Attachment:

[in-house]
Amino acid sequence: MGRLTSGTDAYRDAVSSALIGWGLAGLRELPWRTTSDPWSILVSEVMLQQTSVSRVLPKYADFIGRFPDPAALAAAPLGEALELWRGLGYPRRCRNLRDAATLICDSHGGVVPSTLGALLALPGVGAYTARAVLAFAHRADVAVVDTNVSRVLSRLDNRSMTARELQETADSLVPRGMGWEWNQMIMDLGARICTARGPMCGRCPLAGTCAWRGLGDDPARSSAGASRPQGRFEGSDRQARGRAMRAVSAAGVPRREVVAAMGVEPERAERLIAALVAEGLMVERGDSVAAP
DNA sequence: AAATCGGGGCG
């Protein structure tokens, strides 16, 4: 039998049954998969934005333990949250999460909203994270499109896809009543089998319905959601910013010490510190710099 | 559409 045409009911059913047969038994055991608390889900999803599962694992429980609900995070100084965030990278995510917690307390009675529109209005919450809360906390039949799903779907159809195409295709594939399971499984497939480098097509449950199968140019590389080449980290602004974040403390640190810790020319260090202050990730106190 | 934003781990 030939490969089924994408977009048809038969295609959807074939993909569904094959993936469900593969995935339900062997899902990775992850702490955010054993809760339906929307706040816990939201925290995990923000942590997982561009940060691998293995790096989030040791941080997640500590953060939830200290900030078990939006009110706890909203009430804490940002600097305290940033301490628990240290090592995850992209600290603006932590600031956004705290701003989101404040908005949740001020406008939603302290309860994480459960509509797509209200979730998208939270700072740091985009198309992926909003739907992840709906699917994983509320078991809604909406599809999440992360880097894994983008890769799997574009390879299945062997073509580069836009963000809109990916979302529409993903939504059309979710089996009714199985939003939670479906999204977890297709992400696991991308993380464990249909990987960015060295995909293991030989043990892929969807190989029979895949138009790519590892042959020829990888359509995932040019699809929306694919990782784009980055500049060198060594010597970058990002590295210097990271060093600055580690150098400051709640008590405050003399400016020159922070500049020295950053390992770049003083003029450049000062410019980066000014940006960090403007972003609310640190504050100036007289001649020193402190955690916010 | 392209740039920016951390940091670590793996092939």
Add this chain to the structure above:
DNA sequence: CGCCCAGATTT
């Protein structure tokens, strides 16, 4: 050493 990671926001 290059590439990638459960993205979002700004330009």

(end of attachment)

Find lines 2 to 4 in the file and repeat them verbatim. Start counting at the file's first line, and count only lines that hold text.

Amino acid sequence: MGRLTSGTDAYRDAVSSALIGWGLAGLRELPWRTTSDPWSILVSEVMLQQTSVSRVLPKYADFIGRFPDPAALAAAPLGEALELWRGLGYPRRCRNLRDAATLICDSHGGVVPSTLGALLALPGVGAYTARAVLAFAHRADVAVVDTNVSRVLSRLDNRSMTARELQETADSLVPRGMGWEWNQMIMDLGARICTARGPMCGRCPLAGTCAWRGLGDDPARSSAGASRPQGRFEGSDRQARGRAMRAVSAAGVPRREVVAAMGVEPERAERLIAALVAEGLMVERGDSVAAP
DNA sequence: AAATCGGGGCG
């Protein structure tokens, strides 16, 4: 039998049954998969934005333990949250999460909203994270499109896809009543089998319905959601910013010490510190710099 | 559409 045409009911059913047969038994055991608390889900999803599962694992429980609900995070100084965030990278995510917690307390009675529109209005919450809360906390039949799903779907159809195409295709594939399971499984497939480098097509449950199968140019590389080449980290602004974040403390640190810790020319260090202050990730106190 | 934003781990 030939490969089924994408977009048809038969295609959807074939993909569904094959993936469900593969995935339900062997899902990775992850702490955010054993809760339906929307706040816990939201925290995990923000942590997982561009940060691998293995790096989030040791941080997640500590953060939830200290900030078990939006009110706890909203009430804490940002600097305290940033301490628990240290090592995850992209600290603006932590600031956004705290701003989101404040908005949740001020406008939603302290309860994480459960509509797509209200979730998208939270700072740091985009198309992926909003739907992840709906699917994983509320078991809604909406599809999440992360880097894994983008890769799997574009390879299945062997073509580069836009963000809109990916979302529409993903939504059309979710089996009714199985939003939670479906999204977890297709992400696991991308993380464990249909990987960015060295995909293991030989043990892929969807190989029979895949138009790519590892042959020829990888359509995932040019699809929306694919990782784009980055500049060198060594010597970058990002590295210097990271060093600055580690150098400051709640008590405050003399400016020159922070500049020295950053390992770049003083003029450049000062410019980066000014940006960090403007972003609310640190504050100036007289001649020193402190955690916010 | 392209740039920016951390940091670590793996092939």